“When we were creating the exhibition a number of years ago, [“The Protocols”] was available on Amazon and it was easily accessible,” Saltzman said. “In other parts of the world, in parts of the Middle East, some places in Eastern Europe and other places, it’s very easily accessible and it’s often taught as, and in some cases presented as, one of the holy books of the Jewish people.”
A Hatred With Many Forms
Experts say there is more than one form of anti-Semitism. Professor Larry Lowenthal teaches a course called “Anti- Semitism in 20th Century American Literature and Film” at Northeastern University in Massachusetts, which focuses on Judeophobia in pop culture. He has an understanding of anti- Semitism that was defined by personal experience.
Born in 1938, he lived through the horrors of the Holocaust. He was ostracized for his heritage throughout his childhood and even into his adult years. Classmates told jokes at his expense and he saw fraternities close the door on him one too many times. Lowenthal terms this kind of prejudice as “social anti-Semitism,” which reared its ugly head up until the 1960s. It culminated in the belief that Jews are arrogant, obnoxious, and obsessively materialistic. Social anti-Semitism was not the cause of the Holocaust, however. Lowenthal said a harsher branch of the hatred can explain how Hitler and his Nazi army were driven to commit genocide.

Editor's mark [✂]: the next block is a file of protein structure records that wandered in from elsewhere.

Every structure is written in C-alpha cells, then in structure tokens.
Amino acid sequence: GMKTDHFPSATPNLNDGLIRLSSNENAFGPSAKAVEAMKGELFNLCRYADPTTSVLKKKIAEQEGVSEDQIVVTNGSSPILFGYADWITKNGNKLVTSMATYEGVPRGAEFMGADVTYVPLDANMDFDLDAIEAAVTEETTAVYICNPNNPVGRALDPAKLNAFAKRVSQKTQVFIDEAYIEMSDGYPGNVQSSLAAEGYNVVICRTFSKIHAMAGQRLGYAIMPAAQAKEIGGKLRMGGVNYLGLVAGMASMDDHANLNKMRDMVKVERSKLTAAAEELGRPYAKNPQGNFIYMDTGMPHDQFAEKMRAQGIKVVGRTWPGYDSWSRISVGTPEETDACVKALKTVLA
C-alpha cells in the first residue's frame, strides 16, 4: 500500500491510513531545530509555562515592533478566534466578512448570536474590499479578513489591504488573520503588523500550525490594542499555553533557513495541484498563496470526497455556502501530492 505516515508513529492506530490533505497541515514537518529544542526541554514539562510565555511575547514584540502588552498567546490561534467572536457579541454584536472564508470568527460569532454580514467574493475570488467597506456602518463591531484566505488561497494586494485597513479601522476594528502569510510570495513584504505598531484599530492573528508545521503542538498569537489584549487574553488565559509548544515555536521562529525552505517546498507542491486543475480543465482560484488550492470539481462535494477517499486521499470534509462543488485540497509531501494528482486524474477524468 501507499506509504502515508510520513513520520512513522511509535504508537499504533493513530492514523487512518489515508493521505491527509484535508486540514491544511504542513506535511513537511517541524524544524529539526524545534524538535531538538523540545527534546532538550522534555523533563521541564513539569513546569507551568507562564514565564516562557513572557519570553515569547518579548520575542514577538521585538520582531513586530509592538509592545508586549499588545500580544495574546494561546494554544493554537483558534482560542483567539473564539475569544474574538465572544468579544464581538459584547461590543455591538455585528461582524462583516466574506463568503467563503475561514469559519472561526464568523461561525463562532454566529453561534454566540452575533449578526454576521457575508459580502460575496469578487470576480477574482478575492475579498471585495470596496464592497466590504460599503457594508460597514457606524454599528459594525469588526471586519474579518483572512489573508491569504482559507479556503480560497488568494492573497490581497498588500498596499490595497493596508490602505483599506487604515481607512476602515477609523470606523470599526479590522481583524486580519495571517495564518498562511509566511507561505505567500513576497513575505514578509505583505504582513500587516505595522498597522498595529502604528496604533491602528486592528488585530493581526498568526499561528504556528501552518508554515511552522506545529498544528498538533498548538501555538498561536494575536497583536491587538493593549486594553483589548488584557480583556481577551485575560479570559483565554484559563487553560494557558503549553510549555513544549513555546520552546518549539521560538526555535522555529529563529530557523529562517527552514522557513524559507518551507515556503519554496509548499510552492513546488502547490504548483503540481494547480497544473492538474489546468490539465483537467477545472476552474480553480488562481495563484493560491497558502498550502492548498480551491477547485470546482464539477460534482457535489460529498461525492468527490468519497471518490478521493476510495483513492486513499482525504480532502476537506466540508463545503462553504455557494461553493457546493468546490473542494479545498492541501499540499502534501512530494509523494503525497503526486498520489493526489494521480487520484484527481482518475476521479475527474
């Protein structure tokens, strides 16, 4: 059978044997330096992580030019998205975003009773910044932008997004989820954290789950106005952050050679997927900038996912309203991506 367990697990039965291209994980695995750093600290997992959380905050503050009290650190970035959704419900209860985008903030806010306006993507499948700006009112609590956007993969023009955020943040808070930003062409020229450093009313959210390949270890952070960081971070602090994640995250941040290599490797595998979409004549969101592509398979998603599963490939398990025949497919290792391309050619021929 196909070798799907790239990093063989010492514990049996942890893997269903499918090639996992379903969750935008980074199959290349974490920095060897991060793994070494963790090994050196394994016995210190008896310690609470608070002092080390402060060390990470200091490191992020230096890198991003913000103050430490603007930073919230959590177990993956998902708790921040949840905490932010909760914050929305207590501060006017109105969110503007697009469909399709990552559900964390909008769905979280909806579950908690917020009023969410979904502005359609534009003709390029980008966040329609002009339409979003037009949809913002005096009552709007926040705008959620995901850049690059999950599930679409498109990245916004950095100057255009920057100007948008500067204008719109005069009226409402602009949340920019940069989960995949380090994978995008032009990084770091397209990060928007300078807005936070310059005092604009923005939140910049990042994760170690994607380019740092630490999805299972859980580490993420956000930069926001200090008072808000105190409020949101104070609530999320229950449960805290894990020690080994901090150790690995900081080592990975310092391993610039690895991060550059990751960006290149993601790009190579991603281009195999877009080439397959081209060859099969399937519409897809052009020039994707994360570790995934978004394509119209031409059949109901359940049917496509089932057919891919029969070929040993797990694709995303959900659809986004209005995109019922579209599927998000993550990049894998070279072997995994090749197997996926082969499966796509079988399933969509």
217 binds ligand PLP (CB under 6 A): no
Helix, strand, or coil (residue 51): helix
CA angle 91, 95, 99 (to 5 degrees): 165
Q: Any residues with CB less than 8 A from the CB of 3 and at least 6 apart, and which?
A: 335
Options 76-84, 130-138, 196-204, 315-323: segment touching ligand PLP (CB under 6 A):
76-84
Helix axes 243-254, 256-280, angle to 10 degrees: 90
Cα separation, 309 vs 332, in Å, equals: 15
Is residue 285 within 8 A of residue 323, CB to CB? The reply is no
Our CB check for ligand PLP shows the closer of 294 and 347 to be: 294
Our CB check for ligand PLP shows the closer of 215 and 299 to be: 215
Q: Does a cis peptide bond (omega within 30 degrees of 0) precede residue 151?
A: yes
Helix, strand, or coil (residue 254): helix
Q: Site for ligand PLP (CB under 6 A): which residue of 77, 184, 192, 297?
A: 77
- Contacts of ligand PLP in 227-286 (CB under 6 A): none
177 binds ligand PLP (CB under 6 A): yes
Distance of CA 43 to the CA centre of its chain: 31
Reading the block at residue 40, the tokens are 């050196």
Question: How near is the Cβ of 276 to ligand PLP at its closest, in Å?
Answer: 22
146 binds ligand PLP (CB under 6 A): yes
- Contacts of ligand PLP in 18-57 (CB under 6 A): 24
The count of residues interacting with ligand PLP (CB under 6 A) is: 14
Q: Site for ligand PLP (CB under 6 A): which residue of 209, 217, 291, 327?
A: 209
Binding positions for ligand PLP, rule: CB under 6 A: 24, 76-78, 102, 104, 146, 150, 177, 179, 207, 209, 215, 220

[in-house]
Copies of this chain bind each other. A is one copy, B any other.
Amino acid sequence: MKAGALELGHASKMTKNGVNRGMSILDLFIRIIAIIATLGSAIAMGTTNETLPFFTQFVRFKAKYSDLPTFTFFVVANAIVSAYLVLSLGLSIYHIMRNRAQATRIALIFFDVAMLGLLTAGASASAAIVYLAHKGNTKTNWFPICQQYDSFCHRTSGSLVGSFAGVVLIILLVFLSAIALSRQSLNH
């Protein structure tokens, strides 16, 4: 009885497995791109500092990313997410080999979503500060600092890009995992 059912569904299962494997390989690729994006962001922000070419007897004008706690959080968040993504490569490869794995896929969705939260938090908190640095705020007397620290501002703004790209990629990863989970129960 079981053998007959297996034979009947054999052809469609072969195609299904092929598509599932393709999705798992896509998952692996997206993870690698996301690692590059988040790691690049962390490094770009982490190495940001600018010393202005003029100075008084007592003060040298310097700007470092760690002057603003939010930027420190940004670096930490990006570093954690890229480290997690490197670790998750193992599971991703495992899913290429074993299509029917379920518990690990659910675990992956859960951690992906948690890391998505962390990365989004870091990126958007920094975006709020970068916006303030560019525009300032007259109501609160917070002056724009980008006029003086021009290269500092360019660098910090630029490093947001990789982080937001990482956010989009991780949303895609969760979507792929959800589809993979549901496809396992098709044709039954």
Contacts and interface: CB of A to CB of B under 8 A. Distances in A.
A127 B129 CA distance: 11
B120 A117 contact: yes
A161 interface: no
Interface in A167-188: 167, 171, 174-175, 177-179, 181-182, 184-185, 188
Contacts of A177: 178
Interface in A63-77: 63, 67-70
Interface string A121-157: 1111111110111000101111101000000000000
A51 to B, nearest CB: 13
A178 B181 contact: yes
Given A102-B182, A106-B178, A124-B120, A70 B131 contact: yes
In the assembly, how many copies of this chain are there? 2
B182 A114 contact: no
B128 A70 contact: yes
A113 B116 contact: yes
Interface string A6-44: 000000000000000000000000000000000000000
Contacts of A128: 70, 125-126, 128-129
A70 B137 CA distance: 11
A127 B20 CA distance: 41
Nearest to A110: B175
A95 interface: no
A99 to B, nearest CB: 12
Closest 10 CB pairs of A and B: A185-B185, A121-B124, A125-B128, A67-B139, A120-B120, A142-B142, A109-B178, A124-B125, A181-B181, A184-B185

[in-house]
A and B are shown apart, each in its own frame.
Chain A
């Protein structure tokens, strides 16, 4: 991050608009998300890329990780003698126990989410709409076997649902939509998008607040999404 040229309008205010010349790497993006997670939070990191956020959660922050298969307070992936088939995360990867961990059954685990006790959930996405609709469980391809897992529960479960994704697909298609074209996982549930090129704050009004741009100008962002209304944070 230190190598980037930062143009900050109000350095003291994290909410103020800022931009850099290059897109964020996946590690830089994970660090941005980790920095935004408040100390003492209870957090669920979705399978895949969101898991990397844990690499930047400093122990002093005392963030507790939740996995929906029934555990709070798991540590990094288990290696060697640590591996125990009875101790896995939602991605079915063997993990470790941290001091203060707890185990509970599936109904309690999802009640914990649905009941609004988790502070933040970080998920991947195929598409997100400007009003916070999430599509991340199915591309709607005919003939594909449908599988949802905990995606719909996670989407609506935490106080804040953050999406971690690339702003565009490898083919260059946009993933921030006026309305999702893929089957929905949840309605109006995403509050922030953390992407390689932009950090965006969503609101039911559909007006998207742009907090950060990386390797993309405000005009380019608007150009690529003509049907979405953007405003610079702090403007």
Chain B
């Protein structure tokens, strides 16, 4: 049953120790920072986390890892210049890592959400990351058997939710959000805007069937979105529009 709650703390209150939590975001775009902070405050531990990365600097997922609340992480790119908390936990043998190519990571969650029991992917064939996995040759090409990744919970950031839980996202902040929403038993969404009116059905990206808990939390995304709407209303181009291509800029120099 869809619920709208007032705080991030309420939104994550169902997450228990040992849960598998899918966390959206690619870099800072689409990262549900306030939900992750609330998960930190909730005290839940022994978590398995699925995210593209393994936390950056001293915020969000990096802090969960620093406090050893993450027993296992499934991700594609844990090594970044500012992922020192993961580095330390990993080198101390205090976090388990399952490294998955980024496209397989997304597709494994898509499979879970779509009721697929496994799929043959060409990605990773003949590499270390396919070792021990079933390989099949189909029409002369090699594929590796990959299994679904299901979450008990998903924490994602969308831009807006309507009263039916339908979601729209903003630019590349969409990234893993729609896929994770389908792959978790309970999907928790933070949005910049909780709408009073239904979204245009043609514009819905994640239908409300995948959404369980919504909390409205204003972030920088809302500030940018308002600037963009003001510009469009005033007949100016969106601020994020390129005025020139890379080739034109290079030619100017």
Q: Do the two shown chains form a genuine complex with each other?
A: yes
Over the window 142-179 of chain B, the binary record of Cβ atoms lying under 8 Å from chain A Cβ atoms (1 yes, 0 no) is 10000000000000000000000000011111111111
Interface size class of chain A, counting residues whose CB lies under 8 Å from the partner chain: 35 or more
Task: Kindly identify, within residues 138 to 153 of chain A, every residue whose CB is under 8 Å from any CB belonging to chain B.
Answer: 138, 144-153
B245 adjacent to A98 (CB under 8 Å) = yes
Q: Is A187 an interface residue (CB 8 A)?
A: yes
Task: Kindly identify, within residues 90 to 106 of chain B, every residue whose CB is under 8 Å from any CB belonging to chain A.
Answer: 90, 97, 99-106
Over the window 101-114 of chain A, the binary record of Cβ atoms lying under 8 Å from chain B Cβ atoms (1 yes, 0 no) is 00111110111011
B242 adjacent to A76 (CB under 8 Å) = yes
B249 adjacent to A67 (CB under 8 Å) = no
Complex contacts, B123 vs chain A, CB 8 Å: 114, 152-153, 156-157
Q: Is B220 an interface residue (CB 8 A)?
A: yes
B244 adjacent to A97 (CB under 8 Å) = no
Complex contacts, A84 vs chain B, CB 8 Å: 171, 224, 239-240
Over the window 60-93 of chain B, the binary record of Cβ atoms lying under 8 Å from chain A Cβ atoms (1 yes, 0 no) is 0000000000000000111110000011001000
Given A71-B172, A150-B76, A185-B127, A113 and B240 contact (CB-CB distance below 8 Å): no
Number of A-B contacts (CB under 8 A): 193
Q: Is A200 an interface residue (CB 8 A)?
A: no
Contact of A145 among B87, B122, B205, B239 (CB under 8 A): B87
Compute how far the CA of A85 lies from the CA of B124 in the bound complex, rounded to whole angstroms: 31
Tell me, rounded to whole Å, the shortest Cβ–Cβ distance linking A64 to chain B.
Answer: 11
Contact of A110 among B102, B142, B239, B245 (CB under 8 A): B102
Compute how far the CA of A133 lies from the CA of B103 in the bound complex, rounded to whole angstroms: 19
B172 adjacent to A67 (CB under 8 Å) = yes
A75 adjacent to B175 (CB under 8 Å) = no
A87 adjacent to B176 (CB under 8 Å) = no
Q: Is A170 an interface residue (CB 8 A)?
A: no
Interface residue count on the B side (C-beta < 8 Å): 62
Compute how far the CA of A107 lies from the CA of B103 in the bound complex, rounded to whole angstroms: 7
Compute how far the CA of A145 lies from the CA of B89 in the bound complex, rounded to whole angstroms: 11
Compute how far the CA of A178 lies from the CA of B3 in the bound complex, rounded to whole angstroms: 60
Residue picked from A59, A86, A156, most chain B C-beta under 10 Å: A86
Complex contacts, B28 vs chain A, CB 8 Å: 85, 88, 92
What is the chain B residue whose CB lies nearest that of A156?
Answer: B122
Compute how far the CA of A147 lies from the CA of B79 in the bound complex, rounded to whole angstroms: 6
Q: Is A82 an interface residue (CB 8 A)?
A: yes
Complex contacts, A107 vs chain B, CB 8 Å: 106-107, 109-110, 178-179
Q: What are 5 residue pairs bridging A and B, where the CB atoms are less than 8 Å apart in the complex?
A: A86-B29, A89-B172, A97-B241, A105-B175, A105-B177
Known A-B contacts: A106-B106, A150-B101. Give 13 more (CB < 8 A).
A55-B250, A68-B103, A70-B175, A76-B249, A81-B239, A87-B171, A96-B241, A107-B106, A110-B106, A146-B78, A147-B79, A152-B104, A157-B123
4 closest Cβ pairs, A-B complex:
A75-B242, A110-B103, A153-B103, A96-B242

“Millions of Jews were not slaughtered because they were vulgar or shady in their business dealings,” Lowenthal explained. “Millions of Jews were murdered because their murderers thought they were evil and a dangerous menace to world civilization. Such a belief about Jews has been branded “mystical anti-Semitism,” or the “Satanizing of the Jews,” and one must understand “mystical anti-Semitism” if one wants to understand the Holocaust or the continued virulence of anti- Semitism in the world today.”
The Politics of Grievance
What can account for the baseless attacks and false propaganda targeted at Jews?